Currently, no vaccine against WNV infection is available. The best method to reduce the rates of WNV infection is mosquito control on the part of municipalities, businesses and individual citizens to reduce breeding populations of mosquitoes in public, commercial and private areas via various means including eliminating standing pools of water where mosquitoes breed, such as in old tires, buckets, and unused swimming pools. On an individual basis, the use of personal protective measures to avoid being bitten by an infected mosquito, via the use of mosquito repellent, window screens, avoiding areas where mosquitoes are more prone to congregate, such as near marshes, and areas with heavy vegetation, and being more vigilant from dusk to dawn when mosquitoes are most active offers the best defense. In the event of being bitten by an infected mosquito, familiarity of the symptoms of WNV on the part of laypersons, physicians and allied health professions affords the best chance of receiving timely medical treatment, which may aid in reducing associated possible complications and also appropriate palliative care.
Signs and symptoms
The incubation period for WNV—the amount of time from infection to symptom onset—is typically from between 2 and 15 days. Headache can be a prominent symptom of WNV fever, meningitis, encephalitis, meningoencephalitis, and it may or may not be present in poliomyelitis-like syndrome. Thus, headache is not a useful indicator of neuroinvasive disease.
- West Nile fever (WNF), which occurs in 20 percent of cases, is a febrile syndrome that causes flu-like symptoms. Most characterizations of WNF generally describe it as a mild, acute syndrome lasting 3 to 6 days after symptom onset. Systematic follow-up studies of patients with WNF have not been done, so this information is largely anecdotal. In addition to a high fever, headache, chills, excessive sweating, weakness, fatigue, swollen lymph nodes, drowsiness, pain in the joints and flu-like symptoms. Gastrointestinal symptoms that may occur include nausea, vomiting, loss of appetite, and diarrhea. Fewer than one-third of patients develop a rash.
- West Nile neuroinvasive disease (WNND), which occurs in less than 1 percent of cases, is when the virus infects the central nervous system resulting in meningitis, encephalitis, meningoencephalitis or a poliomyelitis-like syndrome. Many patients with WNND have normal neuroimaging studies, although abnormalities may be present in various cerebral areas including the basal ganglia, thalamus, cerebellum, and brainstem.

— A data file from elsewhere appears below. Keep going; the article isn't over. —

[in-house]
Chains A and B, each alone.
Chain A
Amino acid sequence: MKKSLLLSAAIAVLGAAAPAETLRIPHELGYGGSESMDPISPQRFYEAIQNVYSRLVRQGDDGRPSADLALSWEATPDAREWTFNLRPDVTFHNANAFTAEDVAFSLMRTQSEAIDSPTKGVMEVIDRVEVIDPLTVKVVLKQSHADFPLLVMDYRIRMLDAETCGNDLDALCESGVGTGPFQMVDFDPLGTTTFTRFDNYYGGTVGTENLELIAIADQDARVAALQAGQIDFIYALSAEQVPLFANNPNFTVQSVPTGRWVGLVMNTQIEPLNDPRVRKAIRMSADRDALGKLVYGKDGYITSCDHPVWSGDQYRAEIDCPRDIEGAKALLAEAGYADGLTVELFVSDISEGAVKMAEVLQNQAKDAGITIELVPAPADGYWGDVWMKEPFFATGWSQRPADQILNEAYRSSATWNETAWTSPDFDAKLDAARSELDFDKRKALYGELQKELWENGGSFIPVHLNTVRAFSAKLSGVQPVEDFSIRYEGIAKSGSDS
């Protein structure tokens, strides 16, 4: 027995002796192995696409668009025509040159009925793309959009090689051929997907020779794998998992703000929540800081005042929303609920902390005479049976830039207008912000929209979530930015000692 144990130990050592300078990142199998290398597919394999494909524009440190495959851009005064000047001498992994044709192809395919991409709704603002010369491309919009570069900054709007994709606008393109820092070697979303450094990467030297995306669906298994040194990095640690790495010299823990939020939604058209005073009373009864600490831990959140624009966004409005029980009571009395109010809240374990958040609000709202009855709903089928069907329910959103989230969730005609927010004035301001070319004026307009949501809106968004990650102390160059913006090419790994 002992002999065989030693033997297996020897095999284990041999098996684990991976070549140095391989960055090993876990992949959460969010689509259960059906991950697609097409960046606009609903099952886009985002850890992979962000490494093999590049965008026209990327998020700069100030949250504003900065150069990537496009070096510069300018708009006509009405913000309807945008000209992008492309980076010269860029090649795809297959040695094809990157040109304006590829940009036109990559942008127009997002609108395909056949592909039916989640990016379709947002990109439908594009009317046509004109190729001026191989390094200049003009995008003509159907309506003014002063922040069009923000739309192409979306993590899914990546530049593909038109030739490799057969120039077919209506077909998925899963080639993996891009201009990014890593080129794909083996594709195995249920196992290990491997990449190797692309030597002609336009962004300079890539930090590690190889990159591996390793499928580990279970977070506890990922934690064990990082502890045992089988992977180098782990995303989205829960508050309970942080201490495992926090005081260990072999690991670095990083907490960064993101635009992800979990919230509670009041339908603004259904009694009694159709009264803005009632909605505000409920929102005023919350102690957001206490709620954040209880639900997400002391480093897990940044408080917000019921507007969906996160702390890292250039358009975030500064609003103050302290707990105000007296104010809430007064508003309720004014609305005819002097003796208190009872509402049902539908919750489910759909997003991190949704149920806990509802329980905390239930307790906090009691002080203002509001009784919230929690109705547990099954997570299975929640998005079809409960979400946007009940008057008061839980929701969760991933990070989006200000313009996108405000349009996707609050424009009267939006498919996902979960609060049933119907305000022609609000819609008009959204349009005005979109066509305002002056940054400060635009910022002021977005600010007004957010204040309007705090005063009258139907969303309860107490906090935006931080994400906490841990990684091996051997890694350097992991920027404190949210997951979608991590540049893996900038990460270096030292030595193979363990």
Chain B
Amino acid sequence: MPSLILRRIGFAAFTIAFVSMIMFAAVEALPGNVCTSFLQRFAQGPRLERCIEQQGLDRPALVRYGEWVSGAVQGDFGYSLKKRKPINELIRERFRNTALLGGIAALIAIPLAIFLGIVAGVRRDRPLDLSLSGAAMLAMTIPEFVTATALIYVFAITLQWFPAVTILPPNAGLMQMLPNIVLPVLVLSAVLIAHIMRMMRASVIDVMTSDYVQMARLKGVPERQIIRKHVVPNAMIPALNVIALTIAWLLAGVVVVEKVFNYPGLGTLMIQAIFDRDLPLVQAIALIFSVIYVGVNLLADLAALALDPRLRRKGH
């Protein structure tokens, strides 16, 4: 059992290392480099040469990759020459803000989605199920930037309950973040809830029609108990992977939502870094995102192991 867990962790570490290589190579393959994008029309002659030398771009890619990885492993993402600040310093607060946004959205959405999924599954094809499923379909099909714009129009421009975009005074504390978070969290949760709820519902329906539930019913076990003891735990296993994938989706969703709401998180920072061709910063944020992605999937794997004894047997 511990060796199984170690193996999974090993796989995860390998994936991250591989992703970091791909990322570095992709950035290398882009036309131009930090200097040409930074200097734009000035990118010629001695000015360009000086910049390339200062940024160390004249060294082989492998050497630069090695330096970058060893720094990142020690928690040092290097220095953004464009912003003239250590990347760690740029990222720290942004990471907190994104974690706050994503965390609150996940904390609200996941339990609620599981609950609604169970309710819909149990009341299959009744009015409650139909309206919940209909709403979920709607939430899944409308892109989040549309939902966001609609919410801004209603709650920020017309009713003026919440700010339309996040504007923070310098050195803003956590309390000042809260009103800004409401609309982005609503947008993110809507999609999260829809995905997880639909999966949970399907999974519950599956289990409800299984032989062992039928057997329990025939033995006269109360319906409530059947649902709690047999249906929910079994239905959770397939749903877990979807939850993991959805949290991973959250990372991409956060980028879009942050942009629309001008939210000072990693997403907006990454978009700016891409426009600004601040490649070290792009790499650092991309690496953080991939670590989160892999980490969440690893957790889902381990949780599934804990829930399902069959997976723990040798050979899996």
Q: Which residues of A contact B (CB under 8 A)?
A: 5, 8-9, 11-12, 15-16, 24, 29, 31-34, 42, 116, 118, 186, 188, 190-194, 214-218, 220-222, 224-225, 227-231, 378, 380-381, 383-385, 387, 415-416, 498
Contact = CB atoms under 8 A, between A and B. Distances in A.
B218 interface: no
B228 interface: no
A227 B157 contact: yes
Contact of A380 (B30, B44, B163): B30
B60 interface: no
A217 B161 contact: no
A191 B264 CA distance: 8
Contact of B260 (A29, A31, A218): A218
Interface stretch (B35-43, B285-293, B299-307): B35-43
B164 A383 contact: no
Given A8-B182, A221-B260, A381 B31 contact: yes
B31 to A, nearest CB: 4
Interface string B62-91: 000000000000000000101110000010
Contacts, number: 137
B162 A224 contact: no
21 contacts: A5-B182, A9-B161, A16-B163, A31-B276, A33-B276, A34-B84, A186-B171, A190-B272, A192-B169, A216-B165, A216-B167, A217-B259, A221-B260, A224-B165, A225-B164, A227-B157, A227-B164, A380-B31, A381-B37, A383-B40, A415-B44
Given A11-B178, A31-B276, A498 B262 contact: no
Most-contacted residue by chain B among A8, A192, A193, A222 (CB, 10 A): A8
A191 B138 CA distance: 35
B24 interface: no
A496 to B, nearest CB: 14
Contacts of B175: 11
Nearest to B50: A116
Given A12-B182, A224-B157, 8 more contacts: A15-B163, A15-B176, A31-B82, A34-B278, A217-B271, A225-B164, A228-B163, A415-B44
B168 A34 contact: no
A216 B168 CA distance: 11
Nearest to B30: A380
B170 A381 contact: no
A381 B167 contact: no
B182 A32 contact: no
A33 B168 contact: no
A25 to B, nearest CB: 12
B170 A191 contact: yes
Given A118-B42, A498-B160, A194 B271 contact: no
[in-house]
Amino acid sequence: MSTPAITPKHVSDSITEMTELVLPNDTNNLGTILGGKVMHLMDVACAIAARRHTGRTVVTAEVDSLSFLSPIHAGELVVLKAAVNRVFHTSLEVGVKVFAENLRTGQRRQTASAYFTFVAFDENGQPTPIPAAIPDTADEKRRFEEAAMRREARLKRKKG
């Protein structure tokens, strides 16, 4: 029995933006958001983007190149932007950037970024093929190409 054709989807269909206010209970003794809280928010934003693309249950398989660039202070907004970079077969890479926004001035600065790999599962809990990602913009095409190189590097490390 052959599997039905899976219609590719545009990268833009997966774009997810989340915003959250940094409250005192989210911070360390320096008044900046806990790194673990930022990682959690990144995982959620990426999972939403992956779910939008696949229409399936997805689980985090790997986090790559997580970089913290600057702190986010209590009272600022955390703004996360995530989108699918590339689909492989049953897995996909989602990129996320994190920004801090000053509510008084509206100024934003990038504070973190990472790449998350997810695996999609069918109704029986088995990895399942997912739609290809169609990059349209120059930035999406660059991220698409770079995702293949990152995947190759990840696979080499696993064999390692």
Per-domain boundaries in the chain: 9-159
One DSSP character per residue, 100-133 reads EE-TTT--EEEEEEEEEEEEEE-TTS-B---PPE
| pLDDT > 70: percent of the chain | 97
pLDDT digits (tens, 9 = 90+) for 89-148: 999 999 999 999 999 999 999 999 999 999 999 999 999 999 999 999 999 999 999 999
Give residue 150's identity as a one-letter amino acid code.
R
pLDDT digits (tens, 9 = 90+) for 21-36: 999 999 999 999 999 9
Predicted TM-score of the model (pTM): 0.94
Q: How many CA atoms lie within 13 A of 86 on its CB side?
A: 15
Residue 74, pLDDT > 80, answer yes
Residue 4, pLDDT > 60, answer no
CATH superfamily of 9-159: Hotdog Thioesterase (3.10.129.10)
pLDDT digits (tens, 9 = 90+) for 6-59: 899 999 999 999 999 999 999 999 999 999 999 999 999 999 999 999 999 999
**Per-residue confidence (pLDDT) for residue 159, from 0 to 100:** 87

- West Nile virus encephalitis (WNE) is the most common neuroinvasive manifestation of WNND. WNE presents with similar symptoms to other viral encephalitis with fever, headaches, and altered mental status. A prominent finding in WNE is muscular weakness (30 to 50 percent of patients with encephalitis), often with lower motor neuron symptoms, flaccid paralysis, and hyporeflexia with no sensory abnormalities.
- West Nile meningitis (WNM) usually involves fever, headache, and stiff neck. Pleocytosis, an increase of white blood cells in cerebrospinal fluid, is also present. Changes in consciousness are not usually seen and are mild when present.
- West Nile meningoencephalitis is inflammation of both the brain (encephalitis) and meninges (meningitis).
- West Nile poliomyelitis (WNP), an acute flaccid paralysis syndrome associated with WNV infection, is less common than WNM or WNE. This syndrome is generally characterized by the acute onset of asymmetric limb weakness or paralysis in the absence of sensory loss. Pain sometimes precedes the paralysis. The paralysis can occur in the absence of fever, headache, or other common symptoms associated with WNV infection. Involvement of respiratory muscles, leading to acute respiratory failure, can sometimes occur.